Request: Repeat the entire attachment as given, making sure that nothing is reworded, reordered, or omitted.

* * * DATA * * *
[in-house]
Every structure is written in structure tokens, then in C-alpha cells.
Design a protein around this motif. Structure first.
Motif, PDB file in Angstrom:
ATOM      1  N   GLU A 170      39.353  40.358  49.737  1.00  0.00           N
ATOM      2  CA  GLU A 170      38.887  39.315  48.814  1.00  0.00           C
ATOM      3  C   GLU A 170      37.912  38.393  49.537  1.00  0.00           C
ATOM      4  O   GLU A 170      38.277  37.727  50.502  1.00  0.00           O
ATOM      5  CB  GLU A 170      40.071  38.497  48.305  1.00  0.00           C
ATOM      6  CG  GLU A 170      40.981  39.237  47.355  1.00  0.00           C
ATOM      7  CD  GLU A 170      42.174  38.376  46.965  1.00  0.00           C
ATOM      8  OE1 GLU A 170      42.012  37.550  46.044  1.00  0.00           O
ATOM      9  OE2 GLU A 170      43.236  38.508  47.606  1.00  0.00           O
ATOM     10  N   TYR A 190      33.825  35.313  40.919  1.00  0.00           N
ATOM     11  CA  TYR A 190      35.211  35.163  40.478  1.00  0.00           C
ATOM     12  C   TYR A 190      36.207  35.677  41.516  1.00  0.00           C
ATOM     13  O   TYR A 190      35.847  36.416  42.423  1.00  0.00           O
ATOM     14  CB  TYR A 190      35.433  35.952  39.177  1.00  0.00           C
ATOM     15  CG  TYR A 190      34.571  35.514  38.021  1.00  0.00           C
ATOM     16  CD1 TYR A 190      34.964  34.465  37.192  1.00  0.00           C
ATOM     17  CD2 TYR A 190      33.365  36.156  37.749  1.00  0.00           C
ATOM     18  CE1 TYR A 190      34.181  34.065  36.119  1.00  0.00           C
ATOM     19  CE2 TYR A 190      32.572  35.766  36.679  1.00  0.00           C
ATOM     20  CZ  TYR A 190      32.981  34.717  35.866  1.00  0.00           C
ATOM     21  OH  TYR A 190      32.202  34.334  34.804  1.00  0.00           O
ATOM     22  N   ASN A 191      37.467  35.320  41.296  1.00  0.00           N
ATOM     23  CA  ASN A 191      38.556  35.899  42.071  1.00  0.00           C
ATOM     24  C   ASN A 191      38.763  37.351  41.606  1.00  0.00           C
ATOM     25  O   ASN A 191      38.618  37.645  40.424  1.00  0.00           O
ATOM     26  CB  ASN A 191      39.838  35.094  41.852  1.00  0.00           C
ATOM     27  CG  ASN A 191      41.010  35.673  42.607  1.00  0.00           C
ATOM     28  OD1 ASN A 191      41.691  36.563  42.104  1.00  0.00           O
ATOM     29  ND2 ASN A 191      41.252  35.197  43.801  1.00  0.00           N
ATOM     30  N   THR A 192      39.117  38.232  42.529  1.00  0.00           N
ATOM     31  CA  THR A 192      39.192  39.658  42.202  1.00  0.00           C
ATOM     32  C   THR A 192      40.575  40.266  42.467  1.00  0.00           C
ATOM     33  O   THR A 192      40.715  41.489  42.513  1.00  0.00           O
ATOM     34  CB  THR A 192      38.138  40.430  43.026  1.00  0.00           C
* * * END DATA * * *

[in-house]
Every structure is written in structure tokens, then in C-alpha cells.
Design a protein around this motif. Structure first.
Motif, PDB file in Angstrom:
ATOM      1  N   GLU A 170      39.353  40.358  49.737  1.00  0.00           N
ATOM      2  CA  GLU A 170      38.887  39.315  48.814  1.00  0.00           C
ATOM      3  C   GLU A 170      37.912  38.393  49.537  1.00  0.00           C
ATOM      4  O   GLU A 170      38.277  37.727  50.502  1.00  0.00           O
ATOM      5  CB  GLU A 170      40.071  38.497  48.305  1.00  0.00           C
ATOM      6  CG  GLU A 170      40.981  39.237  47.355  1.00  0.00           C
ATOM      7  CD  GLU A 170      42.174  38.376  46.965  1.00  0.00           C
ATOM      8  OE1 GLU A 170      42.012  37.550  46.044  1.00  0.00           O
ATOM      9  OE2 GLU A 170      43.236  38.508  47.606  1.00  0.00           O
ATOM     10  N   TYR A 190      33.825  35.313  40.919  1.00  0.00           N
ATOM     11  CA  TYR A 190      35.211  35.163  40.478  1.00  0.00           C
ATOM     12  C   TYR A 190      36.207  35.677  41.516  1.00  0.00           C
ATOM     13  O   TYR A 190      35.847  36.416  42.423  1.00  0.00           O
ATOM     14  CB  TYR A 190      35.433  35.952  39.177  1.00  0.00           C
ATOM     15  CG  TYR A 190      34.571  35.514  38.021  1.00  0.00           C
ATOM     16  CD1 TYR A 190      34.964  34.465  37.192  1.00  0.00           C
ATOM     17  CD2 TYR A 190      33.365  36.156  37.749  1.00  0.00           C
ATOM     18  CE1 TYR A 190      34.181  34.065  36.119  1.00  0.00           C
ATOM     19  CE2 TYR A 190      32.572  35.766  36.679  1.00  0.00           C
ATOM     20  CZ  TYR A 190      32.981  34.717  35.866  1.00  0.00           C
ATOM     21  OH  TYR A 190      32.202  34.334  34.804  1.00  0.00           O
ATOM     22  N   ASN A 191      37.467  35.320  41.296  1.00  0.00           N
ATOM     23  CA  ASN A 191      38.556  35.899  42.071  1.00  0.00           C
ATOM     24  C   ASN A 191      38.763  37.351  41.606  1.00  0.00           C
ATOM     25  O   ASN A 191      38.618  37.645  40.424  1.00  0.00           O
ATOM     26  CB  ASN A 191      39.838  35.094  41.852  1.00  0.00           C
ATOM     27  CG  ASN A 191      41.010  35.673  42.607  1.00  0.00           C
ATOM     28  OD1 ASN A 191      41.691  36.563  42.104  1.00  0.00           O
ATOM     29  ND2 ASN A 191      41.252  35.197  43.801  1.00  0.00           N
ATOM     30  N   THR A 192      39.117  38.232  42.529  1.00  0.00           N
ATOM     31  CA  THR A 192      39.192  39.658  42.202  1.00  0.00           C
ATOM     32  C   THR A 192      40.575  40.266  42.467  1.00  0.00           C
ATOM     33  O   THR A 192      40.715  41.489  42.513  1.00  0.00           O
ATOM     34  CB  THR A 192      38.138  40.430  43.026  1.00  0.00           C